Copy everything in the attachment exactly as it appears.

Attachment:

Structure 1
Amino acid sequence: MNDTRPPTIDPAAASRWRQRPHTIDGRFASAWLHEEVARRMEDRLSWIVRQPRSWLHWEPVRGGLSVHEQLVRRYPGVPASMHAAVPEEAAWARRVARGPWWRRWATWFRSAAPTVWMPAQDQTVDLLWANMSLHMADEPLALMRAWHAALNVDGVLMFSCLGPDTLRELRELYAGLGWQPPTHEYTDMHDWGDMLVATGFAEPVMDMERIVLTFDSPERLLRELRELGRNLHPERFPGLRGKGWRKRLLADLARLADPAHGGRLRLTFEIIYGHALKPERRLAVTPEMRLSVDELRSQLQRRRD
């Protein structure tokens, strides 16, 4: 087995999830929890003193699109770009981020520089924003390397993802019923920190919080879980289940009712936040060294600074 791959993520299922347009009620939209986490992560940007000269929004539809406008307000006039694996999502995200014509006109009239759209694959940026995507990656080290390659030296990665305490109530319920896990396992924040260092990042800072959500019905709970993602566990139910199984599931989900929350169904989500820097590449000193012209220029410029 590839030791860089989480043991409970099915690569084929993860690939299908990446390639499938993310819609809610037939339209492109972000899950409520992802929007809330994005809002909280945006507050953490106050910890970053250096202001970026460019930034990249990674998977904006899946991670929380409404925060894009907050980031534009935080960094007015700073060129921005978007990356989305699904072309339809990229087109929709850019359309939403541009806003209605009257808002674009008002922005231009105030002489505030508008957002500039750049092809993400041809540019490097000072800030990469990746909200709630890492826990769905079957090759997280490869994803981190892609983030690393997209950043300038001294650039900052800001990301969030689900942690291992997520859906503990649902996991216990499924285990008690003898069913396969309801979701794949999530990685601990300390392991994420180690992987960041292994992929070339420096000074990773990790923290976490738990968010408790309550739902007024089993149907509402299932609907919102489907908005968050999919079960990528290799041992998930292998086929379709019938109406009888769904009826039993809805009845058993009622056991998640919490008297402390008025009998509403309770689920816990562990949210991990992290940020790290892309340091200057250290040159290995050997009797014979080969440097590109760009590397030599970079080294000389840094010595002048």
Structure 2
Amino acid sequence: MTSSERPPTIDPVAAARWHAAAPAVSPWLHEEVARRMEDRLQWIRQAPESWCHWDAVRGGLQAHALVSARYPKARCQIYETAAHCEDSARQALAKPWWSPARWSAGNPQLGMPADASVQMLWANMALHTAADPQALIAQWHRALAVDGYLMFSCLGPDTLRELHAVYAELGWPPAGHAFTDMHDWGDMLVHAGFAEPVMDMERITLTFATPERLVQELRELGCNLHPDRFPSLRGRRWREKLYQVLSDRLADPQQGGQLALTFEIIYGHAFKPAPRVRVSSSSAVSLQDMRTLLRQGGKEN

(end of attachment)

Structure 1
Amino acid sequence: MNDTRPPTIDPAAASRWRQRPHTIDGRFASAWLHEEVARRMEDRLSWIVRQPRSWLHWEPVRGGLSVHEQLVRRYPGVPASMHAAVPEEAAWARRVARGPWWRRWATWFRSAAPTVWMPAQDQTVDLLWANMSLHMADEPLALMRAWHAALNVDGVLMFSCLGPDTLRELRELYAGLGWQPPTHEYTDMHDWGDMLVATGFAEPVMDMERIVLTFDSPERLLRELRELGRNLHPERFPGLRGKGWRKRLLADLARLADPAHGGRLRLTFEIIYGHALKPERRLAVTPEMRLSVDELRSQLQRRRD
């Protein structure tokens, strides 16, 4: 087995999830929890003193699109770009981020520089924003390397993802019923920190919080879980289940009712936040060294600074 791959993520299922347009009620939209986490992560940007000269929004539809406008307000006039694996999502995200014509006109009239759209694959940026995507990656080290390659030296990665305490109530319920896990396992924040260092990042800072959500019905709970993602566990139910199984599931989900929350169904989500820097590449000193012209220029410029 590839030791860089989480043991409970099915690569084929993860690939299908990446390639499938993310819609809610037939339209492109972000899950409520992802929007809330994005809002909280945006507050953490106050910890970053250096202001970026460019930034990249990674998977904006899946991670929380409404925060894009907050980031534009935080960094007015700073060129921005978007990356989305699904072309339809990229087109929709850019359309939403541009806003209605009257808002674009008002922005231009105030002489505030508008957002500039750049092809993400041809540019490097000072800030990469990746909200709630890492826990769905079957090759997280490869994803981190892609983030690393997209950043300038001294650039900052800001990301969030689900942690291992997520859906503990649902996991216990499924285990008690003898069913396969309801979701794949999530990685601990300390392991994420180690992987960041292994992929070339420096000074990773990790923290976490738990968010408790309550739902007024089993149907509402299932609907919102489907908005968050999919079960990528290799041992998930292998086929379709019938109406009888769904009826039993809805009845058993009622056991998640919490008297402390008025009998509403309770689920816990562990949210991990992290940020790290892309340091200057250290040159290995050997009797014979080969440097590109760009590397030599970079080294000389840094010595002048």
Structure 2
Amino acid sequence: MTSSERPPTIDPVAAARWHAAAPAVSPWLHEEVARRMEDRLQWIRQAPESWCHWDAVRGGLQAHALVSARYPKARCQIYETAAHCEDSARQALAKPWWSPARWSAGNPQLGMPADASVQMLWANMALHTAADPQALIAQWHRALAVDGYLMFSCLGPDTLRELHAVYAELGWPPAGHAFTDMHDWGDMLVHAGFAEPVMDMERITLTFATPERLVQELRELGCNLHPDRFPSLRGRRWREKLYQVLSDRLADPQQGGQLALTFEIIYGHAFKPAPRVRVSSSSAVSLQDMRTLLRQGGKEN